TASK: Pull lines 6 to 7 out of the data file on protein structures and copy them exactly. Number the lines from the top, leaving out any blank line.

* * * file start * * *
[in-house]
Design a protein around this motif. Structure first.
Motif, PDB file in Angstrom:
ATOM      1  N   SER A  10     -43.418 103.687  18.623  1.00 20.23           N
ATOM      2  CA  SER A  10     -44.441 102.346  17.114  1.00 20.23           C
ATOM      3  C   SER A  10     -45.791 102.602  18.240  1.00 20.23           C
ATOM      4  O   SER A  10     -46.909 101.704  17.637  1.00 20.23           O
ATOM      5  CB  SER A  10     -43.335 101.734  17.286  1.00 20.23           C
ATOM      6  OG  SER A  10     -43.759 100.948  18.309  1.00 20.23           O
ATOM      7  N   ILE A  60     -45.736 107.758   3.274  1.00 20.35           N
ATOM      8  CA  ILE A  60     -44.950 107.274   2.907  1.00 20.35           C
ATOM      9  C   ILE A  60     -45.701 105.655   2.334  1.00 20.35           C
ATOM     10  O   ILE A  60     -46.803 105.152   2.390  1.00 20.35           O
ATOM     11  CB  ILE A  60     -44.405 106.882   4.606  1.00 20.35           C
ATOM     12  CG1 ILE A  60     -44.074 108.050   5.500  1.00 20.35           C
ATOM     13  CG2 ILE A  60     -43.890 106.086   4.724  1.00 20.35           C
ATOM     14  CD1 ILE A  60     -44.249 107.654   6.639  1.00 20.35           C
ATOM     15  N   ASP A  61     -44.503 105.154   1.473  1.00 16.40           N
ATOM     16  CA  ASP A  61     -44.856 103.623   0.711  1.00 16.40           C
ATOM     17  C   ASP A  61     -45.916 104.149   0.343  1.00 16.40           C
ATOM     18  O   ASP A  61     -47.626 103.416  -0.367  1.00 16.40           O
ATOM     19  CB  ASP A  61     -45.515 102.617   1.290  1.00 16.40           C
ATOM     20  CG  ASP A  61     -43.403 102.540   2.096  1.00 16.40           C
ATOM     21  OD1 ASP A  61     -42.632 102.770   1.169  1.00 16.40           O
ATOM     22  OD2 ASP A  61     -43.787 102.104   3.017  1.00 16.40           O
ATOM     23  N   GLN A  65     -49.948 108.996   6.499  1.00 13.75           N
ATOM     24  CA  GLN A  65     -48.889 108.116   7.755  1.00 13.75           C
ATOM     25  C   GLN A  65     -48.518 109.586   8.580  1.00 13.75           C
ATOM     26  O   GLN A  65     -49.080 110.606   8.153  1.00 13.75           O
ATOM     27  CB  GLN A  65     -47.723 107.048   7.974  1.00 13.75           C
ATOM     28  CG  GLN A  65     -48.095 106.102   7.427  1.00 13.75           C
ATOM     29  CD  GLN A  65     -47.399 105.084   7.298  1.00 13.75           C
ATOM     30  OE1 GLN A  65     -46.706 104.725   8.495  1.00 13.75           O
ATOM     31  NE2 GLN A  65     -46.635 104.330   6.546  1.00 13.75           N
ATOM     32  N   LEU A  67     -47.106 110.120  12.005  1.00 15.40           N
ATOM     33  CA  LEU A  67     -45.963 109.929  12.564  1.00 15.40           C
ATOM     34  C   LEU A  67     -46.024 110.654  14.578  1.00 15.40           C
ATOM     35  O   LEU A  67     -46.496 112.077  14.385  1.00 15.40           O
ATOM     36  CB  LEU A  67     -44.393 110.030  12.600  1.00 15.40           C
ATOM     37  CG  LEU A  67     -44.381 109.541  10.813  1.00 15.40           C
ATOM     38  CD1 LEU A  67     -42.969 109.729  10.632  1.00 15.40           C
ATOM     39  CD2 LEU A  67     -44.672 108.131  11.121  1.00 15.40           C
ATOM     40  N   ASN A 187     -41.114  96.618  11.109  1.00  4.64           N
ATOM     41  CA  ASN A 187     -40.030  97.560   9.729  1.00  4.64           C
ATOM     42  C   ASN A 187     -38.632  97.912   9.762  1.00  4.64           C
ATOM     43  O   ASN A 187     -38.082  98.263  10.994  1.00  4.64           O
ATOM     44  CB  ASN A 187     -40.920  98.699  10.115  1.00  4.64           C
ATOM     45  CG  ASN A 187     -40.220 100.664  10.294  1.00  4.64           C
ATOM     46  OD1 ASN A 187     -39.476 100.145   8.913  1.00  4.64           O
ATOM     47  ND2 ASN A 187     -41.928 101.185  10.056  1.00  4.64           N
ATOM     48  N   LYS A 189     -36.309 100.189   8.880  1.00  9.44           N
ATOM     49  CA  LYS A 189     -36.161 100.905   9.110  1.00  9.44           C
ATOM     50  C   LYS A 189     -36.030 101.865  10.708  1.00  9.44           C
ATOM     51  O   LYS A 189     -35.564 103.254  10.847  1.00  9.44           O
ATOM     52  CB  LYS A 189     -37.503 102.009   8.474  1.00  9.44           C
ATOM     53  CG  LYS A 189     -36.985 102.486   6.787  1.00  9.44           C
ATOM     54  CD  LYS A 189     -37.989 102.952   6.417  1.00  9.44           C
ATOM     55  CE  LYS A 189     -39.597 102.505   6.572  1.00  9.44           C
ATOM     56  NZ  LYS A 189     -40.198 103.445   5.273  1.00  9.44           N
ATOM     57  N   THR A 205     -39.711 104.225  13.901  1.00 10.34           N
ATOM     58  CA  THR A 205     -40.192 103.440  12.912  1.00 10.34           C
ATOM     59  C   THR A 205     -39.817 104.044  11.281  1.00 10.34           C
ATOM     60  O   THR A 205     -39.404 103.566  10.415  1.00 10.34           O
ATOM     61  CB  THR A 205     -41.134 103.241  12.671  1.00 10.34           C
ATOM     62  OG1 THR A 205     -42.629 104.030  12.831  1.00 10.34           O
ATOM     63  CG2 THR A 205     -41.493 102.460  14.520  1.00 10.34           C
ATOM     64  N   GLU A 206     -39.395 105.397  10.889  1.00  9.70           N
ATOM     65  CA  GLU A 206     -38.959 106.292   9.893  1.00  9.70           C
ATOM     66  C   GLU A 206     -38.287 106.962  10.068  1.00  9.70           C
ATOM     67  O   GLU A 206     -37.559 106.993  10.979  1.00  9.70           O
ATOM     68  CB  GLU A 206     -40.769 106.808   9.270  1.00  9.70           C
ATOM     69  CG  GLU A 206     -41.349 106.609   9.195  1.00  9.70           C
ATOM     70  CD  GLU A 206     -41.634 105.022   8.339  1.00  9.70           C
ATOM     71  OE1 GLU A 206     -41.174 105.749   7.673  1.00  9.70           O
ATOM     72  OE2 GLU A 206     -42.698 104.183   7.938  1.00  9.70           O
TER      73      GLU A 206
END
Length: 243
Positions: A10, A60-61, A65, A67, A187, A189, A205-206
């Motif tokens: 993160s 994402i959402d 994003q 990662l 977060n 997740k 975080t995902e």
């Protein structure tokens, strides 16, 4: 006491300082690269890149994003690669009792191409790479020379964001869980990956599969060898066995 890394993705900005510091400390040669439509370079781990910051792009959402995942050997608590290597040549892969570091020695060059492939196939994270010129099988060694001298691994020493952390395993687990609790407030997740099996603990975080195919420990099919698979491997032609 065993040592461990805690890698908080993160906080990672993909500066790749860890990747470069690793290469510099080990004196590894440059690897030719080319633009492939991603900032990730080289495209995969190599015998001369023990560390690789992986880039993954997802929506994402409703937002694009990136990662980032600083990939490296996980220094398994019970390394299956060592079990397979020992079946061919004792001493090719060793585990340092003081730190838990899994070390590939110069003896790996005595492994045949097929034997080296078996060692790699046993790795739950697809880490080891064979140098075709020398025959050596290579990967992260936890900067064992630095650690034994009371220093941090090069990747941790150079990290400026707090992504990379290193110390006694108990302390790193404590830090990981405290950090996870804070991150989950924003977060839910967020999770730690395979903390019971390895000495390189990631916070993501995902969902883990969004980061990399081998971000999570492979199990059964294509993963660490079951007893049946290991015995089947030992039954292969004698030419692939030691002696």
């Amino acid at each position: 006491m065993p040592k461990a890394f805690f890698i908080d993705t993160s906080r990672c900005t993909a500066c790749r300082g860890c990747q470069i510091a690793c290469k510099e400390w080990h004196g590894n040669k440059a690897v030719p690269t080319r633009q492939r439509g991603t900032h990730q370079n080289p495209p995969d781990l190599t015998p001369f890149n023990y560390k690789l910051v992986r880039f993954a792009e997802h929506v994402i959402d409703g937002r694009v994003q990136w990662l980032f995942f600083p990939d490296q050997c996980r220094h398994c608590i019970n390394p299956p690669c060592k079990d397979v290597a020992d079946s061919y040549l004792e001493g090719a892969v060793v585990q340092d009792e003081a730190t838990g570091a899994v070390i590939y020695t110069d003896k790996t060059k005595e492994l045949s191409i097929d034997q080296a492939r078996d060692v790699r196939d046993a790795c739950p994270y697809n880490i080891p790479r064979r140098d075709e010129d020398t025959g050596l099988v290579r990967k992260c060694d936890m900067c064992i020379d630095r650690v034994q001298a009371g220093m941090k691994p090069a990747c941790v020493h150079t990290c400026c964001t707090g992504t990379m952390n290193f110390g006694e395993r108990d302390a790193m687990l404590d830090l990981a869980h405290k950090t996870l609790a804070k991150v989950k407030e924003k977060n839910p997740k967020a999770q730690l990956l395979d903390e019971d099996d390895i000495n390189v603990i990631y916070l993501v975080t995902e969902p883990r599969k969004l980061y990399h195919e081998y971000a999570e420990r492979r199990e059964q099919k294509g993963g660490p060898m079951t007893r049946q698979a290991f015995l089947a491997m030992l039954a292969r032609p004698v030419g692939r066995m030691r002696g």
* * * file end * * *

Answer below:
ATOM      3  C   SER A  10     -45.791 102.602  18.240  1.00 20.23           C
ATOM      4  O   SER A  10     -46.909 101.704  17.637  1.00 20.23           O